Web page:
Getting the Band(ing) Back Together

Dear readers, I have been living a lie. For the past little while, I’ve assured you that I was settled on film scanners. That I had made my (flat)bed and was relatively content sleeping in it: a Plustek Opticfilm 8200i for 35mm and an Epson V700 for 120.

Guess what? I may have spoken too soon.

I was quite content with the Plustek Opticfilm 8200i until recently. It’s a very competent scanner, if a little on the slow side. It has a few issues, like the lack of automated feeder for film strips, and the need to scan at its claimed — if unattainable — 7,200dpi setting to achieve its actual effective resolution of 3,250dpi. But with a little time and patience, the 8200i produced decent results that were hard to beat at the price.

That is until that most dreaded of things started to appear: BANDING. Yep, vertical streaks ran through my image. Like a lot of banding, at first they were faint and forgettable. Then they became more visible and difficult to ignore.

I contacted the local distributors, FVE, and they suggested the banding would most likely be dust in the mirror box. They offered to clean it for a small fee, so I sent it off. A couple of weeks later, I got the scanner back and it was happily free of banding. However something was out of alignment because the scans were much less detailed than my results from prior to the servicing. What was previously film grain looked like blurry clumps. The scanner’s resolving power seemed little better than an Epson flatbed.

At time of writing, FVE is awaiting stock to swap over the scanner for a new unit. I must note this is above and beyond for them to do. They have offered really wonderful service and I am indebted to them for their help over the past couple of months.

Despite FVE’s remarkable assistance, these issues with a current model film scanner have raised the same issues I have been considering since 2014, when I purchased, then returned, the Plustek Opticfilm 120:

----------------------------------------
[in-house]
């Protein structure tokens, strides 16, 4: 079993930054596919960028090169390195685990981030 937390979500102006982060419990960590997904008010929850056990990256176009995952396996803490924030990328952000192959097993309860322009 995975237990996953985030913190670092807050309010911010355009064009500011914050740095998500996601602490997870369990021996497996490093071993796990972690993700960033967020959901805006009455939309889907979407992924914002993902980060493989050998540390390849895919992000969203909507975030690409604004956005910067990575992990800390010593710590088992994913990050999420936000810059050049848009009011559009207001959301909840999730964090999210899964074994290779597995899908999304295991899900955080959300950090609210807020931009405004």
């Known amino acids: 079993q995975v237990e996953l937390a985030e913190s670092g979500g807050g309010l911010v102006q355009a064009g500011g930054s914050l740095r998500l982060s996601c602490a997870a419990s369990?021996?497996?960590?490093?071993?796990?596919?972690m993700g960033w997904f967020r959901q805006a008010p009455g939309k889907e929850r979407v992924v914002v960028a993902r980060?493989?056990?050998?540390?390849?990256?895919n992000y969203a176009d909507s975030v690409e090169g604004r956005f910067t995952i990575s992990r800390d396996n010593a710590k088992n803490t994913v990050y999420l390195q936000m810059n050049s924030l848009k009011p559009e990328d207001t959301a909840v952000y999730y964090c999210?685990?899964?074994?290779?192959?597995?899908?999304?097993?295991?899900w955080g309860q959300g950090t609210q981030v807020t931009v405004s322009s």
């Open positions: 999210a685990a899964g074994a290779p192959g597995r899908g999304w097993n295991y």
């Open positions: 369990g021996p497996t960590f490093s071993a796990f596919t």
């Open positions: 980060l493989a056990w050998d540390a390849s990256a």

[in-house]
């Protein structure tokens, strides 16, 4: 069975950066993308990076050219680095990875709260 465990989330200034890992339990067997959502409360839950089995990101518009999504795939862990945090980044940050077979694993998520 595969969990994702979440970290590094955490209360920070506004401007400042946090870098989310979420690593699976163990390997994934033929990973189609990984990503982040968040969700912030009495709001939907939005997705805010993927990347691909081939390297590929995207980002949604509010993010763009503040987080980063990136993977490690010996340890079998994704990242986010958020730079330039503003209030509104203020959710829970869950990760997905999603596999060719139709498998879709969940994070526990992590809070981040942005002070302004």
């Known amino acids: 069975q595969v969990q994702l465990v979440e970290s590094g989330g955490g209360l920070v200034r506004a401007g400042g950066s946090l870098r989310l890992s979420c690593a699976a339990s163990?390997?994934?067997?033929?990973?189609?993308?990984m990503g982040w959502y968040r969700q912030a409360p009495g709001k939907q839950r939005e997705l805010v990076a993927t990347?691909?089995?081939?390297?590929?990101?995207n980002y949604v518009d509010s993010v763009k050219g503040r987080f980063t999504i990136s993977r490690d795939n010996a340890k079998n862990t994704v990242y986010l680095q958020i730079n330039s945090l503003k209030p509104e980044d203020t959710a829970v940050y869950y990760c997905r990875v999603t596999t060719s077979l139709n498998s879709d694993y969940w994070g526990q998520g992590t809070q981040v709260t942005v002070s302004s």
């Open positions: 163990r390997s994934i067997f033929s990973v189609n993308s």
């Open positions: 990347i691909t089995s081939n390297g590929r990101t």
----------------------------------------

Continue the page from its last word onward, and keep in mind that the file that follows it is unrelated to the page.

“The real issue is the long term: how reliable is it? Will it be able to be serviced if there is a problem? Will Plustek still be around in almost 6 years’ time? Or will I be left with a unwieldy paperweight on my desk?”

Or when the same issues appeared when I purchased, then repaired, then repaired again, then returned, the Pacific Image PF120 Pro:

“My biggest concern is what happens should a problem occur outside of the warranty period… [film scanners] are specialist devices which may not exist in a similar form in even 3 or 4 years time.”

Although film scanners still exist, it appears that neither Pacific Image and Plustek can build a product to the same standards as Nikon or Minolta did earlier this century. No matter how good these current scanners are on paper, if they can’t last, they’re not worth it.

Therefore, the only logical option open to me — other than to cease film photography all together — is to repurchase a Nikon Coolscan 5000ED. Yep, four years after selling my Coolscan, I’ve taken the plunge on another one from eBay’s most reputable Coolscan specialist. It’s currently on its way to me and I hope to up and scanning within the next couple of weeks. To say I’m looking forward to it is an understatement. I’ve never achieved quality close to what I achieved with my Coolscan since selling it and I’m confident that, in the intervening years, I’ve improved my mad scanning and workflow skillz.

Needless to say this won’t be my last post about scanning…

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